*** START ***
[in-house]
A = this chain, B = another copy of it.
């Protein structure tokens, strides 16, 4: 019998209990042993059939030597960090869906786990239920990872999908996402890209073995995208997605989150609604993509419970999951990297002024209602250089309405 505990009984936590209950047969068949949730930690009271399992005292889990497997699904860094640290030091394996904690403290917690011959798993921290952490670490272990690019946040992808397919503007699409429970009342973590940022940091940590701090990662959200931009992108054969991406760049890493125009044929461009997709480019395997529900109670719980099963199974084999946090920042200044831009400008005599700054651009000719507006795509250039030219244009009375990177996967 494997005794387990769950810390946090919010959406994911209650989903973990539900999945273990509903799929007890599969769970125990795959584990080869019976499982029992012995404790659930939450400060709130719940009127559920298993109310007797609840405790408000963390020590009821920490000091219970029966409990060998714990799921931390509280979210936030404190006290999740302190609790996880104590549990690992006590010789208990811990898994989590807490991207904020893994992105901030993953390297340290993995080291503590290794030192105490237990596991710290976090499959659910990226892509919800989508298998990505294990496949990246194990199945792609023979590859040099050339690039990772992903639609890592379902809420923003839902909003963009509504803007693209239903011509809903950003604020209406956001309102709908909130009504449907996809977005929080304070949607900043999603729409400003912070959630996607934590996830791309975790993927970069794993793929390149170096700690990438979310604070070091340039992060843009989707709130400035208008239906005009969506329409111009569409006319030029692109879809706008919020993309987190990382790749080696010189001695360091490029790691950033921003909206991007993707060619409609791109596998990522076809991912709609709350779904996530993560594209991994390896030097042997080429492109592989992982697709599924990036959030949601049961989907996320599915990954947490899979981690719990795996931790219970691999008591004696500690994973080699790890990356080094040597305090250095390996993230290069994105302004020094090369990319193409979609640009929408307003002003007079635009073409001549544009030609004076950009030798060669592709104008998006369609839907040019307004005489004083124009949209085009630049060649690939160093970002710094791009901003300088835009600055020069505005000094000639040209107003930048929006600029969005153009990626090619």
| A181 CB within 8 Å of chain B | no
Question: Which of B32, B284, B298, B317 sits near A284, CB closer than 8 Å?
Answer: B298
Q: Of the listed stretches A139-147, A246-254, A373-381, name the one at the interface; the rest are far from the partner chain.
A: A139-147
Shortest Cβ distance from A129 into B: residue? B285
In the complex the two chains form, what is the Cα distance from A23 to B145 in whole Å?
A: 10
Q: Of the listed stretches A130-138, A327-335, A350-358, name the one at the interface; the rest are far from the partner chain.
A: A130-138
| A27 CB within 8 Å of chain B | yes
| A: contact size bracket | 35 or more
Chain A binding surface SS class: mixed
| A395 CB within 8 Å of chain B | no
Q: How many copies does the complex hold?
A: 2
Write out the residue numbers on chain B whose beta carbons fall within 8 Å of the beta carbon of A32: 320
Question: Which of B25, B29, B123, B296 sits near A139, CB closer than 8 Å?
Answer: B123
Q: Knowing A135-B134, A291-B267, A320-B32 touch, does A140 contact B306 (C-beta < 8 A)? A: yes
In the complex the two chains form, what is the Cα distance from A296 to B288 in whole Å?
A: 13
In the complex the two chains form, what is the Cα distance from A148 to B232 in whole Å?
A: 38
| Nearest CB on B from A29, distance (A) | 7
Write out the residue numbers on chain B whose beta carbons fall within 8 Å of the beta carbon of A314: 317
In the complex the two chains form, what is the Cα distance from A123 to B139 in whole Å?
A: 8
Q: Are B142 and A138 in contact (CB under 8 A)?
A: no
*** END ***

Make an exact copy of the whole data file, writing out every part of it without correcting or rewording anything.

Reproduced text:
[in-house]
A = this chain, B = another copy of it.
């Protein structure tokens, strides 16, 4: 019998209990042993059939030597960090869906786990239920990872999908996402890209073995995208997605989150609604993509419970999951990297002024209602250089309405 505990009984936590209950047969068949949730930690009271399992005292889990497997699904860094640290030091394996904690403290917690011959798993921290952490670490272990690019946040992808397919503007699409429970009342973590940022940091940590701090990662959200931009992108054969991406760049890493125009044929461009997709480019395997529900109670719980099963199974084999946090920042200044831009400008005599700054651009000719507006795509250039030219244009009375990177996967 494997005794387990769950810390946090919010959406994911209650989903973990539900999945273990509903799929007890599969769970125990795959584990080869019976499982029992012995404790659930939450400060709130719940009127559920298993109310007797609840405790408000963390020590009821920490000091219970029966409990060998714990799921931390509280979210936030404190006290999740302190609790996880104590549990690992006590010789208990811990898994989590807490991207904020893994992105901030993953390297340290993995080291503590290794030192105490237990596991710290976090499959659910990226892509919800989508298998990505294990496949990246194990199945792609023979590859040099050339690039990772992903639609890592379902809420923003839902909003963009509504803007693209239903011509809903950003604020209406956001309102709908909130009504449907996809977005929080304070949607900043999603729409400003912070959630996607934590996830791309975790993927970069794993793929390149170096700690990438979310604070070091340039992060843009989707709130400035208008239906005009969506329409111009569409006319030029692109879809706008919020993309987190990382790749080696010189001695360091490029790691950033921003909206991007993707060619409609791109596998990522076809991912709609709350779904996530993560594209991994390896030097042997080429492109592989992982697709599924990036959030949601049961989907996320599915990954947490899979981690719990795996931790219970691999008591004696500690994973080699790890990356080094040597305090250095390996993230290069994105302004020094090369990319193409979609640009929408307003002003007079635009073409001549544009030609004076950009030798060669592709104008998006369609839907040019307004005489004083124009949209085009630049060649690939160093970002710094791009901003300088835009600055020069505005000094000639040209107003930048929006600029969005153009990626090619």
| A181 CB within 8 Å of chain B | no
Question: Which of B32, B284, B298, B317 sits near A284, CB closer than 8 Å?
Answer: B298
Q: Of the listed stretches A139-147, A246-254, A373-381, name the one at the interface; the rest are far from the partner chain.
A: A139-147
Shortest Cβ distance from A129 into B: residue? B285
In the complex the two chains form, what is the Cα distance from A23 to B145 in whole Å?
A: 10
Q: Of the listed stretches A130-138, A327-335, A350-358, name the one at the interface; the rest are far from the partner chain.
A: A130-138
| A27 CB within 8 Å of chain B | yes
| A: contact size bracket | 35 or more
Chain A binding surface SS class: mixed
| A395 CB within 8 Å of chain B | no
Q: How many copies does the complex hold?
A: 2
Write out the residue numbers on chain B whose beta carbons fall within 8 Å of the beta carbon of A32: 320
Question: Which of B25, B29, B123, B296 sits near A139, CB closer than 8 Å?
Answer: B123
Q: Knowing A135-B134, A291-B267, A320-B32 touch, does A140 contact B306 (C-beta < 8 A)? A: yes
In the complex the two chains form, what is the Cα distance from A296 to B288 in whole Å?
A: 13
In the complex the two chains form, what is the Cα distance from A148 to B232 in whole Å?
A: 38
| Nearest CB on B from A29, distance (A) | 7
Write out the residue numbers on chain B whose beta carbons fall within 8 Å of the beta carbon of A314: 317
In the complex the two chains form, what is the Cα distance from A123 to B139 in whole Å?
A: 8
Q: Are B142 and A138 in contact (CB under 8 A)?
A: no